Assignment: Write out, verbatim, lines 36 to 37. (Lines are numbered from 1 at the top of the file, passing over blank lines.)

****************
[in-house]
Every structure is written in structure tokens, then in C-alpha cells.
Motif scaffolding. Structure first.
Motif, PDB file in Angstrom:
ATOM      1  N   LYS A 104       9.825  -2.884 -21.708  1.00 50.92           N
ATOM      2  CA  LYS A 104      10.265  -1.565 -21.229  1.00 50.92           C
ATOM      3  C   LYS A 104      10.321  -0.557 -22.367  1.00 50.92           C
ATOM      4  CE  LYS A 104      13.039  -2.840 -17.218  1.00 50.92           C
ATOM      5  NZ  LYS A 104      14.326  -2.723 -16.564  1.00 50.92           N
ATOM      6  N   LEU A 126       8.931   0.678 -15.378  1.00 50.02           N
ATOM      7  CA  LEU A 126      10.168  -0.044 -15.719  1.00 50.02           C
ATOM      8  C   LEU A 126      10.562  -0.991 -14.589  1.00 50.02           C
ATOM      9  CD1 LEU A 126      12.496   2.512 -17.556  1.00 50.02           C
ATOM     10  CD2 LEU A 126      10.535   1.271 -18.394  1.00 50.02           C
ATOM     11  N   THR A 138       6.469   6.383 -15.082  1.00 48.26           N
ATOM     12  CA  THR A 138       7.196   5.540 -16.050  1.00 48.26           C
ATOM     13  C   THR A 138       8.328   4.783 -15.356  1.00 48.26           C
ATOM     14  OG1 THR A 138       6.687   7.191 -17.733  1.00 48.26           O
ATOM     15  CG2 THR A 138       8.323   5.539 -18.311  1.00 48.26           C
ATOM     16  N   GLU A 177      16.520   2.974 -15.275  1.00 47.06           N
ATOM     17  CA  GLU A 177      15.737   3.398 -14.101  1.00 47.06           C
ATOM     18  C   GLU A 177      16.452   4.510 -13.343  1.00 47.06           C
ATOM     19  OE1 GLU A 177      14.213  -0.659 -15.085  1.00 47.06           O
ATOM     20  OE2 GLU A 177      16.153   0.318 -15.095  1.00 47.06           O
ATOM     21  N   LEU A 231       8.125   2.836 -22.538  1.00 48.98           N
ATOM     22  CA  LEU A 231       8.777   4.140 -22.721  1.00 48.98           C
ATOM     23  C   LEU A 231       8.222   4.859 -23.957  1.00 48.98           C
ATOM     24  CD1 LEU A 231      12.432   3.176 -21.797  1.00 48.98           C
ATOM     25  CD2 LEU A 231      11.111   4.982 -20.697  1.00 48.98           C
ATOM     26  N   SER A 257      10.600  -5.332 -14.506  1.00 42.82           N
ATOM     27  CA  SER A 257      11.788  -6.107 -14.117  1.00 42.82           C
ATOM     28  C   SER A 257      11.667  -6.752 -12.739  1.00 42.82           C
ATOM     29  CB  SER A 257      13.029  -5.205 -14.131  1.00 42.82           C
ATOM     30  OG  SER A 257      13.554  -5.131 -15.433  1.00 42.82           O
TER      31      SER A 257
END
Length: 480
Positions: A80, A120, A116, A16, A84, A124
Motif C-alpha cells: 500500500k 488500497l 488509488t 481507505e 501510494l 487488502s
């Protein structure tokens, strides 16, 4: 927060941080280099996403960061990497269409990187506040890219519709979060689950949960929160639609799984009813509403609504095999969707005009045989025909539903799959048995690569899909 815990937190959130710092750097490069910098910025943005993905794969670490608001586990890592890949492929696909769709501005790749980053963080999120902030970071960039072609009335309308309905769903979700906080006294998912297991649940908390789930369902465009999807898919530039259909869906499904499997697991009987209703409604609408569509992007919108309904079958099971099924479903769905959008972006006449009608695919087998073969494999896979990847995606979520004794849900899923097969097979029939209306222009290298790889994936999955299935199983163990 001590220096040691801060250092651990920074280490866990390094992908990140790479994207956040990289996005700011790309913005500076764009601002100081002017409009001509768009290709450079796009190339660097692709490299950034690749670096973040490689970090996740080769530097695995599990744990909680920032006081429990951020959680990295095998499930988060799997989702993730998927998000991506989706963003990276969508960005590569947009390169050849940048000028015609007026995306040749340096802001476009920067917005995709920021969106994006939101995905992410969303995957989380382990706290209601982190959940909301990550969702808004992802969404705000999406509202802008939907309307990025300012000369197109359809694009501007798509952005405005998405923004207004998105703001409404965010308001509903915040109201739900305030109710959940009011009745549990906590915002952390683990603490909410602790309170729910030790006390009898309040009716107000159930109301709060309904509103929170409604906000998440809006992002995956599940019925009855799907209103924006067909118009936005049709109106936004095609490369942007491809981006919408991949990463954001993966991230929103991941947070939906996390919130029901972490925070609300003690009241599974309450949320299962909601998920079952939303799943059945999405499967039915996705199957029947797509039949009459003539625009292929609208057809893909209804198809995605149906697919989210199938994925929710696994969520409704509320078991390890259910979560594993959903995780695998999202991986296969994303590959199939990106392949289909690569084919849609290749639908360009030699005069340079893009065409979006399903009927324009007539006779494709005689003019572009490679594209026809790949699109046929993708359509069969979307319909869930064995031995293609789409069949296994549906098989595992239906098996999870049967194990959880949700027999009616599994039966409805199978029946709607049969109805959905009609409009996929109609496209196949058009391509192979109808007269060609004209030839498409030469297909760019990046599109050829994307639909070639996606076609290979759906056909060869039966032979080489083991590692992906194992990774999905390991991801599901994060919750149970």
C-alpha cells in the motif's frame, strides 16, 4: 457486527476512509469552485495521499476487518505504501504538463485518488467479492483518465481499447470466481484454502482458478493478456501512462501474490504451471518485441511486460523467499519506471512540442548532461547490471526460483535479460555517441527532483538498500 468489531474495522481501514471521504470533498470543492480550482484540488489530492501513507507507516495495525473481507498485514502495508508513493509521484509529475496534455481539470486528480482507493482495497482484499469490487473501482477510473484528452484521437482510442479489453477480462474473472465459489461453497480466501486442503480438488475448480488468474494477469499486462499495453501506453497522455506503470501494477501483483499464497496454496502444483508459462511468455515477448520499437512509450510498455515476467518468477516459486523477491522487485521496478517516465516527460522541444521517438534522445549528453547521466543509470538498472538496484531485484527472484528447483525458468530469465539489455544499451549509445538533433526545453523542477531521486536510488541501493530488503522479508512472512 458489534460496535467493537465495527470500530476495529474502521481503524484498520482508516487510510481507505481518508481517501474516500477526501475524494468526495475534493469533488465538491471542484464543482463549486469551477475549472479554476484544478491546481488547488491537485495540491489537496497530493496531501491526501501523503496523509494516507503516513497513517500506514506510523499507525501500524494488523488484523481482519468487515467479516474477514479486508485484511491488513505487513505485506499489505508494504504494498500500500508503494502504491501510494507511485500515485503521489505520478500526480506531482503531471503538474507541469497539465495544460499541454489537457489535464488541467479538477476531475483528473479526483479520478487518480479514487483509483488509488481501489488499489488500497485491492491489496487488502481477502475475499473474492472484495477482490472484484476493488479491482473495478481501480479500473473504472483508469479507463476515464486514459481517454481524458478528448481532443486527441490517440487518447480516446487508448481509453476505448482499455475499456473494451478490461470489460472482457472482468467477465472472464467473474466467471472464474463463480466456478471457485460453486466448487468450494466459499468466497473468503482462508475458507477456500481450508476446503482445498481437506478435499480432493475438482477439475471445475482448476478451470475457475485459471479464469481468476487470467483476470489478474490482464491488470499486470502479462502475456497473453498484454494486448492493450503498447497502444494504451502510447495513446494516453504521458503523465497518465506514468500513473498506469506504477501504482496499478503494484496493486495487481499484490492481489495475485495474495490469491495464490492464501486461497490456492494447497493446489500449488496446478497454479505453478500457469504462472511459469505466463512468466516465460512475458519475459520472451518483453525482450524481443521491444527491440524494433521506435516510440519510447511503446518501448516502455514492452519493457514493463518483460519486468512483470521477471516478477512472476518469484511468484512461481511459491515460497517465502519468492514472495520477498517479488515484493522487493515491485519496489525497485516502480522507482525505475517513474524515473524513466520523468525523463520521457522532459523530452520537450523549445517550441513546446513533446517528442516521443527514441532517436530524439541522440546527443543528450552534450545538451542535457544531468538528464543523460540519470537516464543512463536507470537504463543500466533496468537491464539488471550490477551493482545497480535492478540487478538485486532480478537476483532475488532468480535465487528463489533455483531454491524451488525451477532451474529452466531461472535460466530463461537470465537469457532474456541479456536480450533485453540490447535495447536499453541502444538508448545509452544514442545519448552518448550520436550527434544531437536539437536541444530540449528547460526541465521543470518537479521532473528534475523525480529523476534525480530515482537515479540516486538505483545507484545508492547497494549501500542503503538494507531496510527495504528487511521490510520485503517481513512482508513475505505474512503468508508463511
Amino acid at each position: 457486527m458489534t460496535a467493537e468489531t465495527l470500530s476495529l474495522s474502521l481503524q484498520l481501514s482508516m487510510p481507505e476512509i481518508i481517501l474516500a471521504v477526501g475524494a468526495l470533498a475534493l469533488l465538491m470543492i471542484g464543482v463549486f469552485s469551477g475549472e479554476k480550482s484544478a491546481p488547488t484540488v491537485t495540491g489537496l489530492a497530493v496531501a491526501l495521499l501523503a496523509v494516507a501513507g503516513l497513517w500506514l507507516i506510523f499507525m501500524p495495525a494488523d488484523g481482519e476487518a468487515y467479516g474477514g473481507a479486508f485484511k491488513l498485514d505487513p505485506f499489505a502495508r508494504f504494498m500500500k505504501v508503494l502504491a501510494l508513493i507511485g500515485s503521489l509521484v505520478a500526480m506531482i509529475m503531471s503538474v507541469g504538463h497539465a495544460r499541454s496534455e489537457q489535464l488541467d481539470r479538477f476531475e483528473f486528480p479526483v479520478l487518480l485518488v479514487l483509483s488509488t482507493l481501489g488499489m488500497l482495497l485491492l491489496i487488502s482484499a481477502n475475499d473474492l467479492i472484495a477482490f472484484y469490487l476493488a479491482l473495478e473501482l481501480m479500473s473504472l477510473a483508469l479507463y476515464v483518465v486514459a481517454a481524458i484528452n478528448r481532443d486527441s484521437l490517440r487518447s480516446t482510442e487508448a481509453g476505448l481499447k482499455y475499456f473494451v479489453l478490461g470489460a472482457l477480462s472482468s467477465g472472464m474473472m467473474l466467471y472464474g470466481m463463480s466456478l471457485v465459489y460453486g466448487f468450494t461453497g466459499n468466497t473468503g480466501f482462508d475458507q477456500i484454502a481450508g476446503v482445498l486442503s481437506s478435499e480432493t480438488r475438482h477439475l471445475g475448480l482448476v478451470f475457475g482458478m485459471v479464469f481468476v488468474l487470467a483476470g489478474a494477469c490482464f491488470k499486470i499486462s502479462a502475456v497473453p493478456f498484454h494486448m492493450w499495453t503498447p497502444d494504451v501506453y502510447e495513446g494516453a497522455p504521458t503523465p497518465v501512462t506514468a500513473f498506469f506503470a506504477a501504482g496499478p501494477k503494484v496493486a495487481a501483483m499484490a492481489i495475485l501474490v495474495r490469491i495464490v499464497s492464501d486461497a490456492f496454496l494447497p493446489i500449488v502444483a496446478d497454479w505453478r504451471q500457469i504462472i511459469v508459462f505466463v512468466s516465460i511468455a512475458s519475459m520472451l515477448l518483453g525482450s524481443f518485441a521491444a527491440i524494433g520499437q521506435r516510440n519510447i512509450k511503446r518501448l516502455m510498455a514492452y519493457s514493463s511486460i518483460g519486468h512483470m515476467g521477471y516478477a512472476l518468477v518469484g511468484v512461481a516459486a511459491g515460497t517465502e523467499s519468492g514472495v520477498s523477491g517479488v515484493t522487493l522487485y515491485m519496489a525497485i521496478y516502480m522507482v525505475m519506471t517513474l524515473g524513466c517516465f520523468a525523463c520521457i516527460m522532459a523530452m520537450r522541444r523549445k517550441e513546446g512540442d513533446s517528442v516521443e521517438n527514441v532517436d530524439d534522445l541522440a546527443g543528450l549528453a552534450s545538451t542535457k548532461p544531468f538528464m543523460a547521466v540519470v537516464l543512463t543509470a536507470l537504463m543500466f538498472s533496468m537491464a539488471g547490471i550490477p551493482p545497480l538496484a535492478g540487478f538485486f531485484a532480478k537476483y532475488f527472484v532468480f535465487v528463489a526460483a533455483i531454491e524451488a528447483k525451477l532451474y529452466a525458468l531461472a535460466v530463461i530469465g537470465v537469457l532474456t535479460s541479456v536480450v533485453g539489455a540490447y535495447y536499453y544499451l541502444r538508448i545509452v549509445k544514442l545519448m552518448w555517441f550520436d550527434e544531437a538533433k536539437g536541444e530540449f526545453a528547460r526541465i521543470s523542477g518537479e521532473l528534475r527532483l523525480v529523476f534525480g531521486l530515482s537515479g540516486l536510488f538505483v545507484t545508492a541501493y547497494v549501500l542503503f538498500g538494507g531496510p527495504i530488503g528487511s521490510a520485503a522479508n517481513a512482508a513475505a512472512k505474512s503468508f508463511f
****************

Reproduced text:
END
Length: 480